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You’ve heard by now that you can “catch” obesity from your friends, family, or distant acquaintances. But good health and fitness are catching, too.

According to a 2007 study published in the New England Journal of Medicine by Nicholas Christakis, MD, PhD, MPH, and James Fowler, PhD, a variety of surprising and seemingly very individual conditions appear to be able to spread between friends and acquaintances like a juicy rumor.

Here are five ways to be contagious in the best possible way, as reported by Courtney Helgoe in “A Healthy Kind of Contagious,” (Experience Life, September 2010).

1. Acknowledge Irrationality

We make rational choices less often than we think we do.

Because we are faced with thousands of daily decisions, no one has time to rationally weigh each one, so we fall back on automatic systems of patterned thinking, habit, and the rapid processing of social signals.

We’re especially responsive to social and environmental cues when conditions are unfamiliar or socially uncertain, behavioral experts note, so retain maximum consciousness by going into unfamiliar environments with a plan. Prior to a business lunch, research the menu online and decide in advance what you’ll order, for example.

When you make and rehearse your choices in calm conditions, they’ll be waiting in your cranial wings during uncertain moments, and you’ll be less likely to resort to following others’ leads.

2. Write Your Own Food Policy

The unconscious, cue-primed mind plays an especially prominent role when it comes to how (and how much) we’re likely to eat. Brian Wansink, PhD, has conducted numerous studies at Cornell University that show how readily research subjects overeat in situations where there are no clear cues telling them to stop.

Wansink suggests two strategies: food policies and food tradeoffs.

A personal food policy is a set of guidelines that you follow so consistently that they become habit. You might decide to become religious about putting your fork down between bites, or only eating sweets on Saturdays.

With a food tradeoff, one choice is linked to another: “If I snack in front of the TV, it’s on only raw veggies and hummus,” for example. This makes good sense nutritionally and socially.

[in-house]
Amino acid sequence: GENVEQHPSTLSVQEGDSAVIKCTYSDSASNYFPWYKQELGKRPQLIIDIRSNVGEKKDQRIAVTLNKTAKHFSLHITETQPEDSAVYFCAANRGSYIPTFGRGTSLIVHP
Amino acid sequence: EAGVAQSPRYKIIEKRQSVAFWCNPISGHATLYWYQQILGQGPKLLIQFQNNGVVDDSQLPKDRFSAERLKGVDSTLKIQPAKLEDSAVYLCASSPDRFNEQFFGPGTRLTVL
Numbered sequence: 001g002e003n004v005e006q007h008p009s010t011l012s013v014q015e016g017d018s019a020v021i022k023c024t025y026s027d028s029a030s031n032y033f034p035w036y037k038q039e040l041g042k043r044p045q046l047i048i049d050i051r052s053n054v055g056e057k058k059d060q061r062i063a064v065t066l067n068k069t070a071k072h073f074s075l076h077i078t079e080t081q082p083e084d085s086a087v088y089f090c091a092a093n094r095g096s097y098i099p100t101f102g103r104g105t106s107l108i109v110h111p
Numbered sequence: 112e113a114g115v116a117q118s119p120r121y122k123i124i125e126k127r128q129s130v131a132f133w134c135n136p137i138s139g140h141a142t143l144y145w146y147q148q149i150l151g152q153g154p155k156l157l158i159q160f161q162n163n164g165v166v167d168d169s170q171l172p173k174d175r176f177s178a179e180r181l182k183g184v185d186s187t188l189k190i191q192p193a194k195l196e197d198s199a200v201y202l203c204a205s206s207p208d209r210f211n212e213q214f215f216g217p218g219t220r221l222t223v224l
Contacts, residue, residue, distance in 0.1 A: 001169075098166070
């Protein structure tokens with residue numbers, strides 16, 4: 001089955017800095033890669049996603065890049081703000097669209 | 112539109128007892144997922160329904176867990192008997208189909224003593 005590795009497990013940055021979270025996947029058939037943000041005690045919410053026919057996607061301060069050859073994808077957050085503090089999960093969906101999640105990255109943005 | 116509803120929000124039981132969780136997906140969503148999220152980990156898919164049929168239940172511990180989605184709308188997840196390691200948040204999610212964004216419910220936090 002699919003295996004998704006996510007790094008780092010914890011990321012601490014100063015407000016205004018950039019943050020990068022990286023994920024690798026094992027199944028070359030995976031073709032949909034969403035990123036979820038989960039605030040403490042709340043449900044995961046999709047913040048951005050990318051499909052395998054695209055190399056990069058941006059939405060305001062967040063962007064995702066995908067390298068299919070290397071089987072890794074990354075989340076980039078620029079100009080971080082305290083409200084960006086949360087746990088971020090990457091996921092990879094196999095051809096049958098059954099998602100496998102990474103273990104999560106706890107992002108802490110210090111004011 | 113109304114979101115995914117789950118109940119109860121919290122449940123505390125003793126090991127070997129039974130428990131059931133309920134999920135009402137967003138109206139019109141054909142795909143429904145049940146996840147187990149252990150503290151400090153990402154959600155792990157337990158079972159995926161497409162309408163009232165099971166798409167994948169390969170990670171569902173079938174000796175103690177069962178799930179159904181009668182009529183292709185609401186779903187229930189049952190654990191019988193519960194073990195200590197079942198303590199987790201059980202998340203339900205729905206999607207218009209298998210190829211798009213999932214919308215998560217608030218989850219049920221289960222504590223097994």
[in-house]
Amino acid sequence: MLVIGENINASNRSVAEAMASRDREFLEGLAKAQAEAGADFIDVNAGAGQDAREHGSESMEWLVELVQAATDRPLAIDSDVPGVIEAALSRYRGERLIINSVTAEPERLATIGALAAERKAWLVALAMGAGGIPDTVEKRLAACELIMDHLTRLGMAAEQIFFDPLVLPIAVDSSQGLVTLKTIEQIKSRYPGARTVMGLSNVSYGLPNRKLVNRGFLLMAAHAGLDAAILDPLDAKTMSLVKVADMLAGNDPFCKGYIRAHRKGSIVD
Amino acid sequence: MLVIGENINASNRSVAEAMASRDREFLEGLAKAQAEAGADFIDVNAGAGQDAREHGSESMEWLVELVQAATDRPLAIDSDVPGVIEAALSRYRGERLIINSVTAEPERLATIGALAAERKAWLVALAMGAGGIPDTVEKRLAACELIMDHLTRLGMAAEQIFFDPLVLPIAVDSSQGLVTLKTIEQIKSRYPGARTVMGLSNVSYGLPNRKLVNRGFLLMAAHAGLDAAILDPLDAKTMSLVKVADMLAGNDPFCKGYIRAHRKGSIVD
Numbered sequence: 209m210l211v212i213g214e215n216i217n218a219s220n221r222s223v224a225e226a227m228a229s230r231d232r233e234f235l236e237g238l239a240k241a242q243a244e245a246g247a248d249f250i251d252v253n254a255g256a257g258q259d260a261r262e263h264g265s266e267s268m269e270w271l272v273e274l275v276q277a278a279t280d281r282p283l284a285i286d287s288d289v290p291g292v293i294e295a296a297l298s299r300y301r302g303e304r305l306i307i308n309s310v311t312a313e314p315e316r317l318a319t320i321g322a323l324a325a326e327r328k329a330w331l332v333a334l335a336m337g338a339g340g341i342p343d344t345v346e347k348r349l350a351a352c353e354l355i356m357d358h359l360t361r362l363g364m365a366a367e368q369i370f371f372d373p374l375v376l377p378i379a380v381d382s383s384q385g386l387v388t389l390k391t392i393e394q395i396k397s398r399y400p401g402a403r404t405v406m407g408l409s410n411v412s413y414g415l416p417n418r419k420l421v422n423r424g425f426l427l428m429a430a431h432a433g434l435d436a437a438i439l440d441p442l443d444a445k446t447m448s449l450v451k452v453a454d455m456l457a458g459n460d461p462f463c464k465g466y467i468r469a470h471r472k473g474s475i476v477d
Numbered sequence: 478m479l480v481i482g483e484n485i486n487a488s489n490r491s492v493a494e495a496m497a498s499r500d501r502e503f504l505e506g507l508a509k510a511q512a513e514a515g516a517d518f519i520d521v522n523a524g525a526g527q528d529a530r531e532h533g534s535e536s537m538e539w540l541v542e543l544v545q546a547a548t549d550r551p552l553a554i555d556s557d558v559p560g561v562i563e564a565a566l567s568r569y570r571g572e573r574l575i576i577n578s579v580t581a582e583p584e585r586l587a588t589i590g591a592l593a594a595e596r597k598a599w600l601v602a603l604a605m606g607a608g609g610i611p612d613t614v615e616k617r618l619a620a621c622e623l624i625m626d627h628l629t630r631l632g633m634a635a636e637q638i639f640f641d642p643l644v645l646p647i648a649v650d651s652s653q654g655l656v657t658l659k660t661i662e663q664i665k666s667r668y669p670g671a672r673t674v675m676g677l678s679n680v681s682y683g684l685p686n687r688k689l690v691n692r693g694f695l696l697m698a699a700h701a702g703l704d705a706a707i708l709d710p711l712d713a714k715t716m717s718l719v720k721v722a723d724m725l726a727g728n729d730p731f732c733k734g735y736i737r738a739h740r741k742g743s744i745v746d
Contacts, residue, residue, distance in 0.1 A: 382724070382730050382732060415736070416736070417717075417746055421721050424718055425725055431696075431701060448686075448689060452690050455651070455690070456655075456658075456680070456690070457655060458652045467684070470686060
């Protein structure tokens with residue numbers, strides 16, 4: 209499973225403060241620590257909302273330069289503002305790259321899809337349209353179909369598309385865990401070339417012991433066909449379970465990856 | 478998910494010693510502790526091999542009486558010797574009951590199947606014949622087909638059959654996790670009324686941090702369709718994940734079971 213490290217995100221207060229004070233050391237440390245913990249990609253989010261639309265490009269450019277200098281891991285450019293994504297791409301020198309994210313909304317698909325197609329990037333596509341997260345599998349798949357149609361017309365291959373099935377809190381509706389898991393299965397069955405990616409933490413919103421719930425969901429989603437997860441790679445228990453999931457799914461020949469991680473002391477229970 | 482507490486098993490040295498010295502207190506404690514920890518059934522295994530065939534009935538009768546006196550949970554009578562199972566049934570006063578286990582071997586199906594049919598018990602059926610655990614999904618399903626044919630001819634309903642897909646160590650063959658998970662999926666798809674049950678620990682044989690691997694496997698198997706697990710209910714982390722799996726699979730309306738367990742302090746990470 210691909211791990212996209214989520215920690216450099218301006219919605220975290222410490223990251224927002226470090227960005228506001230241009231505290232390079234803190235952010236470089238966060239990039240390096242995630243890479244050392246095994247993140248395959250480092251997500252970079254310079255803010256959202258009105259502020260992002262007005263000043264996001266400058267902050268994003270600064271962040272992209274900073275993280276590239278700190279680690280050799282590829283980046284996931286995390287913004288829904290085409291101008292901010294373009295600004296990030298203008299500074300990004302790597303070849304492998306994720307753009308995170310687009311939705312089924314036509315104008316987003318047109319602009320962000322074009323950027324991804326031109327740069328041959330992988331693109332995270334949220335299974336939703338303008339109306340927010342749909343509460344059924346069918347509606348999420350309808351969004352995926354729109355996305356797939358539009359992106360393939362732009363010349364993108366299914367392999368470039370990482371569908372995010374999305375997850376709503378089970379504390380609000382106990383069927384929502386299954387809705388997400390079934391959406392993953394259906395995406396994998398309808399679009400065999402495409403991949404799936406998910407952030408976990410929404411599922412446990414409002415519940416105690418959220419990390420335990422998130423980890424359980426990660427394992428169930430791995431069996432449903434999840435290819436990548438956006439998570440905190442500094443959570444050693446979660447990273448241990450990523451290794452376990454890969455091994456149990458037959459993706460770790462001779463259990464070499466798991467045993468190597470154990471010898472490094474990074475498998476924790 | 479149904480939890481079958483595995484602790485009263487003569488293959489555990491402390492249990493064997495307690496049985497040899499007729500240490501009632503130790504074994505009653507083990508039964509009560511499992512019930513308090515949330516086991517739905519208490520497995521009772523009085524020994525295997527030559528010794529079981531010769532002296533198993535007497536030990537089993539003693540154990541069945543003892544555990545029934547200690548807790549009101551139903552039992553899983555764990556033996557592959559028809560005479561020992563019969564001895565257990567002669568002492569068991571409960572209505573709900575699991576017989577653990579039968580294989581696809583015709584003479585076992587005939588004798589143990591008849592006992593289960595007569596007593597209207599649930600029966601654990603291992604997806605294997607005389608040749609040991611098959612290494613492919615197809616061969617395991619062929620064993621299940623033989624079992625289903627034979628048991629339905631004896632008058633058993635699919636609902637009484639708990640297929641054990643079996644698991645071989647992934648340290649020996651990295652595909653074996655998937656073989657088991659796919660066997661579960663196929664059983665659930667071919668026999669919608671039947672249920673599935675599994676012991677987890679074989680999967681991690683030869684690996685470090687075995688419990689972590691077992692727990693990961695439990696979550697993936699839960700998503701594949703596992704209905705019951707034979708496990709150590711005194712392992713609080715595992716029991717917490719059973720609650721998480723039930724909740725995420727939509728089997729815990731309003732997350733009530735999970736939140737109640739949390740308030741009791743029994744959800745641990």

3. Build an Exercise Entourage

Christakis and Fowler suggest that one of the best ways to protect your fitness routine from wayward influence is to invite the friends of your friends to work out.

When you and a friend work out together, there’s still a circle of who might be nudging you both in more sedentary directions. But if you can build an effective “wall of influence,” your chances of sticking with your fitness routine are even greater — positive pressure from more sides. (For more on the benefits of a workout buddy, see “Workout Wisdom” in the July/August 2004 archives.)

4. Keep on the Sunny Side

One reason why most of us feel good when we’re around cheerful people is that we unconsciously imitate others’ facial expressions. This response triggers a similar emotional state in the imitator, with a corresponding physiological result.

According to Christakis and Fowler’s research, a friend who’s feeling good improves your chances of happiness by 9 percent, while a discontented one is only 7 percent likely to bring you down.

An easy way to happify? Research shows that a regular gratitude practice has the capacity to create new neural pathways that support a more positive outlook.

5. Reprogram Your Brain

Because our powerful inclination to imitate and submit to norms tends to issue from the older, survival-oriented regions of the brain, it can be helpful to consciously engage the more sophisticated neocortex whenever you feel a group behavior sucking you in.

There are two quick techniques to give your neocortex the upper hand:

  • Body scanning is checking with your bodily sensations. Noticing a tight gut, a flushed face, or shallow breathing allows you to assess that something has tripped your alarm system.
  • Labeling involves identifying your emotional states and giving them a name. Clearly articulating the feeling is often all it takes to kick the reasonable neocortex into action. The action produces enough clarity to keep the brain from being flooded by stress chemicals and leaves you in a better state to make good choices.

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